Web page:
They also reiterated the official statement that the Commissioner for Enlargement had urged dialogue in Sarajevo, stressing the importance of unity in promoting EU integration.

Is it dictated by Brussels or Budapest?

At the time of the leak, a committee headed by Ursula von der Leyen issued a statement stating that although Várhelyi had indeed been informed of the initiation of the secession during his talks in Sarajevo, that did not mean he had approved or accepted Dodik’s plans.

In any case, another Hungarian visited Bosnia-Herzegovina before Várhelyi, namely Viktor Orbán, who had lunch with Dodik in Banja-Luka in early November.

The two statesmen met several times in recent years. Even then, strong links developed between the Republika Srpska and Hungary in the energy sector, as the Bosnian gas station network commuting between the Serbian (Gazprom-influenced) and Croatian (Mol-influenced) oil industries was already under Mol’s control at that time. is.

In this way, the article of the Brussels-based Politico in Brussels last October, in which diplomats and committee sources stated:

Oliver Várhelyi is the Voldemort of the enlargement of the European Union. He follows the agenda of his bosses in Budapest, flatters authoritarian leaders, and largely ignores the rule of law.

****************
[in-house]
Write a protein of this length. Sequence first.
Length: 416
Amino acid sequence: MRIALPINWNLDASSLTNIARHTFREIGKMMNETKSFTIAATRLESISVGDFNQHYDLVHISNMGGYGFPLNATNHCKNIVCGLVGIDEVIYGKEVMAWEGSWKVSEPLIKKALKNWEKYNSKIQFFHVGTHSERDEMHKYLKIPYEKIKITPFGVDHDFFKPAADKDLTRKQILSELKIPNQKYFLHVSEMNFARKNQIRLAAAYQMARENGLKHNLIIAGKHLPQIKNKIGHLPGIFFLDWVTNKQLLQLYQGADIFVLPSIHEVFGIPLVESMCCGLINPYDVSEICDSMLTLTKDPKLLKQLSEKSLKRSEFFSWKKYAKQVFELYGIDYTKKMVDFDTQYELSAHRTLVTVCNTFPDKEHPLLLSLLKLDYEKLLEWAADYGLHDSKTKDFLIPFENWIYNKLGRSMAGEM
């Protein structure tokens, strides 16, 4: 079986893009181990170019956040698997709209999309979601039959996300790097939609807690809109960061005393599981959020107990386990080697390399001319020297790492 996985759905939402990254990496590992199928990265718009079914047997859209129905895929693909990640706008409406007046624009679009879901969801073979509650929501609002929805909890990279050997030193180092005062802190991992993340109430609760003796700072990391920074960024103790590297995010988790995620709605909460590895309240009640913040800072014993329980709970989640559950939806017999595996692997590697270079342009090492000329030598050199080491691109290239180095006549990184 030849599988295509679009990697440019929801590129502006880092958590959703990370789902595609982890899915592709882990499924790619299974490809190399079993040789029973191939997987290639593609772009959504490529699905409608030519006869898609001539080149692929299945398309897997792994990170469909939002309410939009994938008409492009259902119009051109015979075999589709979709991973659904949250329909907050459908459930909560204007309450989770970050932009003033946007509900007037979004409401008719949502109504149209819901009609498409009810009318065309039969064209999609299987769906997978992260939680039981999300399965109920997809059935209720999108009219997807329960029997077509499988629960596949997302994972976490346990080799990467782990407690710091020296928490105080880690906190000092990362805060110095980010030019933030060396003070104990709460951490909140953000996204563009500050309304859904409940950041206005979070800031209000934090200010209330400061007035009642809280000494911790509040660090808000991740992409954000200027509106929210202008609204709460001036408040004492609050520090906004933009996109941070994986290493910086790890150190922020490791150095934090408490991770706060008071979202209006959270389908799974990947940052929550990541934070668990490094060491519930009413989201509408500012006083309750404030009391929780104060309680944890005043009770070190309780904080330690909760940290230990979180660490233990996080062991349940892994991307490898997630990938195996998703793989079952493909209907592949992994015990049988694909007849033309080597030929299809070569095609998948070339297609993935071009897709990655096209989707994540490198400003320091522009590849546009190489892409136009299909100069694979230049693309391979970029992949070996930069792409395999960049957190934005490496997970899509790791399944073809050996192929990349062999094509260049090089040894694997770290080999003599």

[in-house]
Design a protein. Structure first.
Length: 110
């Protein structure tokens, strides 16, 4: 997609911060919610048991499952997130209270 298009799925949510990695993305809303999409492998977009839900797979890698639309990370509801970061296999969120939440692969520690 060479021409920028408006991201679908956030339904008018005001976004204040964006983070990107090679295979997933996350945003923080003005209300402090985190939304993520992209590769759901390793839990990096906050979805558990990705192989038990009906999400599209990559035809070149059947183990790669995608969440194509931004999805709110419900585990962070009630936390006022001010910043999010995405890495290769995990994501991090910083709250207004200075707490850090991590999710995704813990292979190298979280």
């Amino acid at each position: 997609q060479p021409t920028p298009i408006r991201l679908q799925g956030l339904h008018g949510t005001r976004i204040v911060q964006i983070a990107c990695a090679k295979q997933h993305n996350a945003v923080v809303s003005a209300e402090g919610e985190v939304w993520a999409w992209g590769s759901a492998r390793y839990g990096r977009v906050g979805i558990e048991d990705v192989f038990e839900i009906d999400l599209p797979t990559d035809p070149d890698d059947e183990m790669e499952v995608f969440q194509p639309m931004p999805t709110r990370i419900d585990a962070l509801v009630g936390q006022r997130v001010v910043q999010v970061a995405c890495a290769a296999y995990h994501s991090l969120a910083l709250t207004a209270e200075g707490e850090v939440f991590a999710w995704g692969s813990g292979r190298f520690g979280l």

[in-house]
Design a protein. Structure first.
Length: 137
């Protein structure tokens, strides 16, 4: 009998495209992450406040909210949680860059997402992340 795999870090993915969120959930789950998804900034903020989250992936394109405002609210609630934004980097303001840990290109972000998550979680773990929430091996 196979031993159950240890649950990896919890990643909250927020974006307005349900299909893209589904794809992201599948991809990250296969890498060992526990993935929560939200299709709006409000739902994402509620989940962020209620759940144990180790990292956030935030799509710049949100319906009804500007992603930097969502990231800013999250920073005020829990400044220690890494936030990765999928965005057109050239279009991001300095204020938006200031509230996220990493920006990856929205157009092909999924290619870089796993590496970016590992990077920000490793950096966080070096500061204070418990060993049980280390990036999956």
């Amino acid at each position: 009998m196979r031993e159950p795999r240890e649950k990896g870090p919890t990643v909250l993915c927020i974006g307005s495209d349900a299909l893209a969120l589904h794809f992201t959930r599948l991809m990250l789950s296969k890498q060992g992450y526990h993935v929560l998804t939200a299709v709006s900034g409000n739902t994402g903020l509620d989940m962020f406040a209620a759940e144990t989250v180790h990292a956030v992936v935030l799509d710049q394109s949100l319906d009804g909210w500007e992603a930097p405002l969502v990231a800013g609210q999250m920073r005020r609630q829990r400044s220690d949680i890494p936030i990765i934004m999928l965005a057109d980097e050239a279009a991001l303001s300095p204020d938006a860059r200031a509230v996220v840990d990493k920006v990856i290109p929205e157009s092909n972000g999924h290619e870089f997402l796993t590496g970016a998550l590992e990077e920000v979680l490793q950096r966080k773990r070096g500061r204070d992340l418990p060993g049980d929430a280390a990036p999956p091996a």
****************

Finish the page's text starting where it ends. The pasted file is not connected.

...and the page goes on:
From Greater Serbia to Srebrenica and back

In Serbia, but especially in the Serbian territories of Bosnia, two trends are growing: the denial of the Srebrenica massacre and the idea of ​​a Greater Serbia outbreak of war in the Balkans.

Serbia is spending even more on army development than Hungary, while its politicians are becoming more and more nostalgic for Greater Serbia. It is not a rare topic for Bosnian Serbs, nor is the formation of their own forces. We wrote more about this here.

Referring to diplomatic sources, the Bosnian newspaper Istraga, which blew up the alleged Várhelyi-Dodik secret agreement, also claimed that the EU commissioner and the president had agreed that the international community’s main image in Bosnia-Herzegovina last year for current Bosnian tensions and separatist tendencies.

Valentin Inzko, who oversaw the implementation of the Dayton Peace Accords, which marked the end of the Bosnian war in 1995, held the position for 12 years and, seeing nationalist sentiments begin to intensify, issued a final decree,